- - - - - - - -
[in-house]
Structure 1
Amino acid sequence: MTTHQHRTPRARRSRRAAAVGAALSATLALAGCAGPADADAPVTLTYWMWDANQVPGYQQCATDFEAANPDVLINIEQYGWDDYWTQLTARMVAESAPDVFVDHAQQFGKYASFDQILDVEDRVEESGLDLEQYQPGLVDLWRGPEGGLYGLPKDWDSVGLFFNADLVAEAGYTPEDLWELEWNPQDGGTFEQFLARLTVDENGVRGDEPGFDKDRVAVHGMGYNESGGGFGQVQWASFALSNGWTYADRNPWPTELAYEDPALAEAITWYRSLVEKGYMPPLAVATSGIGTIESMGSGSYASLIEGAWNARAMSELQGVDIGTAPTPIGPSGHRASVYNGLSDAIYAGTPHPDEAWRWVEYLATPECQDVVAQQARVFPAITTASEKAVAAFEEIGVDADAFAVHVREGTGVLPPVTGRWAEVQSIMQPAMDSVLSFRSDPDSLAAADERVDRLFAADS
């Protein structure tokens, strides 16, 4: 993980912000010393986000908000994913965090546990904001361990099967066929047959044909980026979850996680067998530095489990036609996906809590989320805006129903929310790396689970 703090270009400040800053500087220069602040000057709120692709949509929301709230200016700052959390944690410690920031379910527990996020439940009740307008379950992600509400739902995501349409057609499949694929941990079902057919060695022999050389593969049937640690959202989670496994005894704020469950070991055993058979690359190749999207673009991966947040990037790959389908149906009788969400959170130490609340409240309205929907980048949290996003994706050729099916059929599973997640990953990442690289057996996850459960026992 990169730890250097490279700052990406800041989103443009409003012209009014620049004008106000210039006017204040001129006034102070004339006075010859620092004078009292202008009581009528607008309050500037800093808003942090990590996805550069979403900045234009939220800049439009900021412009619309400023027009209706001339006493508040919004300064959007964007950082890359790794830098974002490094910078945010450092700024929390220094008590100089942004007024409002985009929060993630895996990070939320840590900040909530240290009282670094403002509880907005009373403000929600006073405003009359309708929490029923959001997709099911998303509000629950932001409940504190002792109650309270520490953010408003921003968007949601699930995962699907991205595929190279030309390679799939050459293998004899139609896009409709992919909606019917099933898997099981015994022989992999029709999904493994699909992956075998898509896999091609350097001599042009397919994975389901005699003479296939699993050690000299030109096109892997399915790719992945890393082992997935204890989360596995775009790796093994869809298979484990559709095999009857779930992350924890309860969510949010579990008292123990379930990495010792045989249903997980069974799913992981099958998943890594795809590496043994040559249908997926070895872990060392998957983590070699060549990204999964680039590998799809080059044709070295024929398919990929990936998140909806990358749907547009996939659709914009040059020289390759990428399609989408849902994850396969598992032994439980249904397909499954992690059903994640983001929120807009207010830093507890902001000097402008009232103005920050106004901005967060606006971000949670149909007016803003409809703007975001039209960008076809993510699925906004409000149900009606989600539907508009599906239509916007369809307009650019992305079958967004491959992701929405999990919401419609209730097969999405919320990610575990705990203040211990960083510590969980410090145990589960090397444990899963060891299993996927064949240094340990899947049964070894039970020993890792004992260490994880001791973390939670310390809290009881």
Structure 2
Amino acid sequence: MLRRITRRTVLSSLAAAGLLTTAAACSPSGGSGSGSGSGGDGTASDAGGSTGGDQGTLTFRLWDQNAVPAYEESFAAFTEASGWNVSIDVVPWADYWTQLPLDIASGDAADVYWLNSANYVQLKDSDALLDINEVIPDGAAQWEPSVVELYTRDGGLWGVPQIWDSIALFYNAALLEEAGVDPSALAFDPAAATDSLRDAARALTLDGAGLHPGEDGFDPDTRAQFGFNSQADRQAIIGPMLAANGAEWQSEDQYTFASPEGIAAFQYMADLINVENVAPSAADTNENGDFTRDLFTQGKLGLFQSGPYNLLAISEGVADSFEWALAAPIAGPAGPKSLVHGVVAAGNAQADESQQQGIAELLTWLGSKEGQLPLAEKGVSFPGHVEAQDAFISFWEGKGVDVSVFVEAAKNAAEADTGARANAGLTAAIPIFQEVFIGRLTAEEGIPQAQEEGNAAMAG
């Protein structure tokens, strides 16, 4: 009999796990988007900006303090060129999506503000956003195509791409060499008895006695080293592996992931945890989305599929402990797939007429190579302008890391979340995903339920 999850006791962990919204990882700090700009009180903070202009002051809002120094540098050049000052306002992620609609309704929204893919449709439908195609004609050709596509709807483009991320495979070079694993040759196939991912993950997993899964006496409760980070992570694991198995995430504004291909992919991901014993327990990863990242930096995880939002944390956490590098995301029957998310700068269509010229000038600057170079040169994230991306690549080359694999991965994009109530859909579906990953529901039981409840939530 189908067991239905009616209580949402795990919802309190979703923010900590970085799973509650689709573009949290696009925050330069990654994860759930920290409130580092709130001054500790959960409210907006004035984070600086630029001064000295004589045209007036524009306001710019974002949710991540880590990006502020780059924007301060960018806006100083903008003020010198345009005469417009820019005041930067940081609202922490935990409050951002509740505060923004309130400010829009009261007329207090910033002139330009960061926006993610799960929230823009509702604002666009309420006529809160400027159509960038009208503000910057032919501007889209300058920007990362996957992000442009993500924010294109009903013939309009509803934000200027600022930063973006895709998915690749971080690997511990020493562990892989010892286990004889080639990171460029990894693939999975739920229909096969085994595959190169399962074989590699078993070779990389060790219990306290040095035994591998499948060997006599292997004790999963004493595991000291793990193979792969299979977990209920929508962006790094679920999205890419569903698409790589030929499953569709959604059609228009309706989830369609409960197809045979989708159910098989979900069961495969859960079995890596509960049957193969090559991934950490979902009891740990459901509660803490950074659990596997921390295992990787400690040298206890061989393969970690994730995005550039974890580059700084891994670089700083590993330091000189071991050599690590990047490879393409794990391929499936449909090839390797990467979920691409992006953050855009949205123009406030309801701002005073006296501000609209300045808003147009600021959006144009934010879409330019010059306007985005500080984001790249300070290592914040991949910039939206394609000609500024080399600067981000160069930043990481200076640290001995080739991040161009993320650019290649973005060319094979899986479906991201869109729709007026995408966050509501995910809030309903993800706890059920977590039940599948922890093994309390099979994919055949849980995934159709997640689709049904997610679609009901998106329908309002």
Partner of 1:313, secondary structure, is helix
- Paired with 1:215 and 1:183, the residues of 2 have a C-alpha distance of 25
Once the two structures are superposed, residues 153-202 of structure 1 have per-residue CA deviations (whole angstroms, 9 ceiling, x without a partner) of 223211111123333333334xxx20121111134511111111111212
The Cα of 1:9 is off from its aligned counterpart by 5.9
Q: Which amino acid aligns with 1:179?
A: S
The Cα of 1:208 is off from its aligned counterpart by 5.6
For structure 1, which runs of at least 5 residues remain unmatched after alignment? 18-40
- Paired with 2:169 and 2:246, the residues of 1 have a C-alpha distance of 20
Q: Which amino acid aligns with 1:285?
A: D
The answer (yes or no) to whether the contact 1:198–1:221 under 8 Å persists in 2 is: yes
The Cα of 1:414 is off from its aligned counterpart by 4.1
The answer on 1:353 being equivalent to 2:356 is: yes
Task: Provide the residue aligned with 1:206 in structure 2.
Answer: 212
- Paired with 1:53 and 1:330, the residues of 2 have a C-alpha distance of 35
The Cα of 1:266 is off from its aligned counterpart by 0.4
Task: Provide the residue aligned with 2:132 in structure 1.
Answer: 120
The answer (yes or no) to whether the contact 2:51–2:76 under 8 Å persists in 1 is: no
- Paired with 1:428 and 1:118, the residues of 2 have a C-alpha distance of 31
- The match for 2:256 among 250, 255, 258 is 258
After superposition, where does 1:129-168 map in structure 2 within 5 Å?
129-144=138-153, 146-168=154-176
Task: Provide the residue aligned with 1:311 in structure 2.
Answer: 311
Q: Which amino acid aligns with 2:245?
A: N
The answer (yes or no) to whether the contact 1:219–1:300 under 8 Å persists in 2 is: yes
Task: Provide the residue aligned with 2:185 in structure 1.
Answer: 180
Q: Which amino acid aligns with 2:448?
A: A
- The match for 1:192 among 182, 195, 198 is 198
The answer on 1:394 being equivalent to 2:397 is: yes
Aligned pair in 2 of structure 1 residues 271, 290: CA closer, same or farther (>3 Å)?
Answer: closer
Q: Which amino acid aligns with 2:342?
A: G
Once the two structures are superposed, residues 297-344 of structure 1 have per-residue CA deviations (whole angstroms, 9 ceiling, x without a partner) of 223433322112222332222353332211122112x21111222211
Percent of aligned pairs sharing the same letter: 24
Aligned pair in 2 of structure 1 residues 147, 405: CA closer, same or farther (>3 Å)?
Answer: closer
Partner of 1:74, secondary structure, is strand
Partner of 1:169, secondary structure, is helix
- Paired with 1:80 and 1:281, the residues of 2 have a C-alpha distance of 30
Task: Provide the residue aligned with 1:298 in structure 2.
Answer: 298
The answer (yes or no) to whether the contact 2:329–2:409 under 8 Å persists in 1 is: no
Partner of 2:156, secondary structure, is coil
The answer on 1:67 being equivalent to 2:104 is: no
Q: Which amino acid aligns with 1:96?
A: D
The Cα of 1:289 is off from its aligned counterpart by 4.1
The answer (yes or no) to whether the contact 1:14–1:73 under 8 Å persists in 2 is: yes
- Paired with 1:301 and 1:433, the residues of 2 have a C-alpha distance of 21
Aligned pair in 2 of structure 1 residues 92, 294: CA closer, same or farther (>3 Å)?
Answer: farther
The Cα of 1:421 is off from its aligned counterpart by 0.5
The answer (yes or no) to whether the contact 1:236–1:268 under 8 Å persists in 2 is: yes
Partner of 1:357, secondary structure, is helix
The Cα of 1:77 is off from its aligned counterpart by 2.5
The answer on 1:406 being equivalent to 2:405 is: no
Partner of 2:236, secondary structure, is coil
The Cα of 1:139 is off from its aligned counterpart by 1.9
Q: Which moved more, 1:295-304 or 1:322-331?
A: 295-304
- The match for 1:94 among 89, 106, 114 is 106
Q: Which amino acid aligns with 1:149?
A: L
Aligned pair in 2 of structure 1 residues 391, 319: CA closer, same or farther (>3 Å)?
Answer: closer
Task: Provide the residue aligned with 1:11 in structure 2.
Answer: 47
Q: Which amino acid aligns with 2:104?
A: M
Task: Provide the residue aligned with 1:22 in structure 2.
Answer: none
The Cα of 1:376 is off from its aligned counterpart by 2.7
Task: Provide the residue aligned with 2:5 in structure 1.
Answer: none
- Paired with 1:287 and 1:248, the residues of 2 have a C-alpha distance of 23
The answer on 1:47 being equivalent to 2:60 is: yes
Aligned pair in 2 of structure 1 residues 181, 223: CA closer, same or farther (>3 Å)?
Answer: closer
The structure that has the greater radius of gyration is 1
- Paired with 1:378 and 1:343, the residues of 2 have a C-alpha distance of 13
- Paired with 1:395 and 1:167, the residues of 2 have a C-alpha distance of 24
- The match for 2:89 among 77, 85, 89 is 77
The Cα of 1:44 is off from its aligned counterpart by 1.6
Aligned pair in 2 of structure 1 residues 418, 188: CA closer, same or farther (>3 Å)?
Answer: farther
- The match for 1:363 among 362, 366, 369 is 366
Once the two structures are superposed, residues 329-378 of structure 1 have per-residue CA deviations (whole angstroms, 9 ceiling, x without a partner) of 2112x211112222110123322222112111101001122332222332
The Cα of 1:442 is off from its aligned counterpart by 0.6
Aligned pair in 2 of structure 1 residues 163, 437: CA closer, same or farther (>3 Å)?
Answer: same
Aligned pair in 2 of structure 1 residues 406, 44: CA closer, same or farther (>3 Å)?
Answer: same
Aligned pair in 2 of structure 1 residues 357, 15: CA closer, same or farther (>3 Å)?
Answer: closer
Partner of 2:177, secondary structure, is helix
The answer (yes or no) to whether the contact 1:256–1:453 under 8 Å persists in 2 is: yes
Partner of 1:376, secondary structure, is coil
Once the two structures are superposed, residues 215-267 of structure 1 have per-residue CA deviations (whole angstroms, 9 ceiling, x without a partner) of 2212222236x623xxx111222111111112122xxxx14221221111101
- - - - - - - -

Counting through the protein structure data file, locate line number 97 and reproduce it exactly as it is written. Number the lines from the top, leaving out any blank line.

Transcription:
- The match for 2:89 among 77, 85, 89 is 77